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Abstract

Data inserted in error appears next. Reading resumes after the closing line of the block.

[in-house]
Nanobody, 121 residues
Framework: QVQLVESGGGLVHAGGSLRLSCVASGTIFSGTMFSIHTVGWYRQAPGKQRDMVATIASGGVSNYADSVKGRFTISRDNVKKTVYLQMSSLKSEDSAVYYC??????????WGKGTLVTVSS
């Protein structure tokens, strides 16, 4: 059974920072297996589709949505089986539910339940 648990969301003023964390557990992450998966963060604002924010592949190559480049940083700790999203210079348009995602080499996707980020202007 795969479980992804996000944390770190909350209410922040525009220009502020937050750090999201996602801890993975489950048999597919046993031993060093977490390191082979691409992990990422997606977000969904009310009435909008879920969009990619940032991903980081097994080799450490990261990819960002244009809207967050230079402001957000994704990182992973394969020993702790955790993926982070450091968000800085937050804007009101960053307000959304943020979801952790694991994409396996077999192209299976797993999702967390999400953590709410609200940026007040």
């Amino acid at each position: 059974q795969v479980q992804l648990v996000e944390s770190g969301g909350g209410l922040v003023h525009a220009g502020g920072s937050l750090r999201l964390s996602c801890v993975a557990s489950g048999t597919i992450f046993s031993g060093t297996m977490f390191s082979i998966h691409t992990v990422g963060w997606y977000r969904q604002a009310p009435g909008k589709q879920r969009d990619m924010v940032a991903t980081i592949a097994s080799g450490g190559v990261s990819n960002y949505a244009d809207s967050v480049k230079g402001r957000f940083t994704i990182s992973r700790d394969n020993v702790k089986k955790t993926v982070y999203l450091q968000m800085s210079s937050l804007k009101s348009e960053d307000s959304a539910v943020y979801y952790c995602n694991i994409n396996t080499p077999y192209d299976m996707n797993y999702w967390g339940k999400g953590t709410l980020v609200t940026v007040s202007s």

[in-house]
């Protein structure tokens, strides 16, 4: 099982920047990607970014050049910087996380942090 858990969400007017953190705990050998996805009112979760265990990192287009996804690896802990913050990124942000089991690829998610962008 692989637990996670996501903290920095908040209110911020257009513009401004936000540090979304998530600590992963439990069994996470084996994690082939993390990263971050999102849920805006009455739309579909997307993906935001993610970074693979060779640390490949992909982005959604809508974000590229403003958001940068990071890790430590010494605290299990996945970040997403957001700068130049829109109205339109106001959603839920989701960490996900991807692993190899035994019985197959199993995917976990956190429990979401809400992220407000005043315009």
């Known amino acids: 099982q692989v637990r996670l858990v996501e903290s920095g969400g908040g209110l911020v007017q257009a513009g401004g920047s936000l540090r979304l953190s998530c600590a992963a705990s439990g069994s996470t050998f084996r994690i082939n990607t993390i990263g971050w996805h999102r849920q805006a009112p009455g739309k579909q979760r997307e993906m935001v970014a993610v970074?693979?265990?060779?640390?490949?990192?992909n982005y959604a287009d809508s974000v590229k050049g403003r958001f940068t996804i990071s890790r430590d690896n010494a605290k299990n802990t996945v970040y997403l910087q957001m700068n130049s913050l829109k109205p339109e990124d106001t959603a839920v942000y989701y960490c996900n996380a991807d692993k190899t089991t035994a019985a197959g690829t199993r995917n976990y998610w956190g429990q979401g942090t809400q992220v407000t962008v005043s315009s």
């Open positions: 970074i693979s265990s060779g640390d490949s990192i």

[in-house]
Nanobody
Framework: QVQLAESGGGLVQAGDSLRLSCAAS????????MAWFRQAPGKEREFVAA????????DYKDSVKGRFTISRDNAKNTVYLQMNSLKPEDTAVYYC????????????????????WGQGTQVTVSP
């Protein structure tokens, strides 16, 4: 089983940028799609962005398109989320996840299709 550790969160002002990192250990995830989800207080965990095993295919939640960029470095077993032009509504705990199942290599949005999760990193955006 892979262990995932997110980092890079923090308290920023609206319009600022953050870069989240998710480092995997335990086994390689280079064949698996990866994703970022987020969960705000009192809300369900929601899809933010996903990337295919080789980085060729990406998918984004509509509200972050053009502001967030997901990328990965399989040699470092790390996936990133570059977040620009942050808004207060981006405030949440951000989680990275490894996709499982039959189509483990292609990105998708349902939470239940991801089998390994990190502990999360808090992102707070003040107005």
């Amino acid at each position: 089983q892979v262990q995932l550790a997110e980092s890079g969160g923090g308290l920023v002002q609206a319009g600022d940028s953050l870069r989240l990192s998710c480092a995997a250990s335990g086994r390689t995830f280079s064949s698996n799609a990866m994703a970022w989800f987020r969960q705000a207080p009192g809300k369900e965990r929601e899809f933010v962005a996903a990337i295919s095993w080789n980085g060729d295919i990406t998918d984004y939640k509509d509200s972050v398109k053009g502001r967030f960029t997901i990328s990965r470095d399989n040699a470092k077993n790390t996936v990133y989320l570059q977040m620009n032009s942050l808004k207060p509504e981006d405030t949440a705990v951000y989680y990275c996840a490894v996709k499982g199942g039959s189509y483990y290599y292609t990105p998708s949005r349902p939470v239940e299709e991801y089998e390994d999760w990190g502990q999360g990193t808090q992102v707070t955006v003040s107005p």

Karsten Harries’ book, The Ethical Function of Architecture, raises the question of how architecture can be interpretive of and for our time. Part of Harries’ pursuit of this question is done in dialogue with the philosophy of Martin Heidegger, whose evocatively expressed ontology of building and dwelling recovered, in philosophical and poetic terms, the power of buildings to symbolize and interpret the most fundamental truths of being and human existence. The present essay identifies contributions to this hermeneutic and ontological approach to architecture drawn from the philosophy of Hans-Georg Gadamer, emphasizing Gadamer’s notions of play (Spiel), symbol, and the relation of the present to the past. While Gadamer expanded upon Heidegger’s hermeneutic, he also diverged from Heidegger in ways that mitigate some of the difficulties that Harries and others have found with Heidegger’s archaism, rural romanticism, and singularity of philosophical focus.

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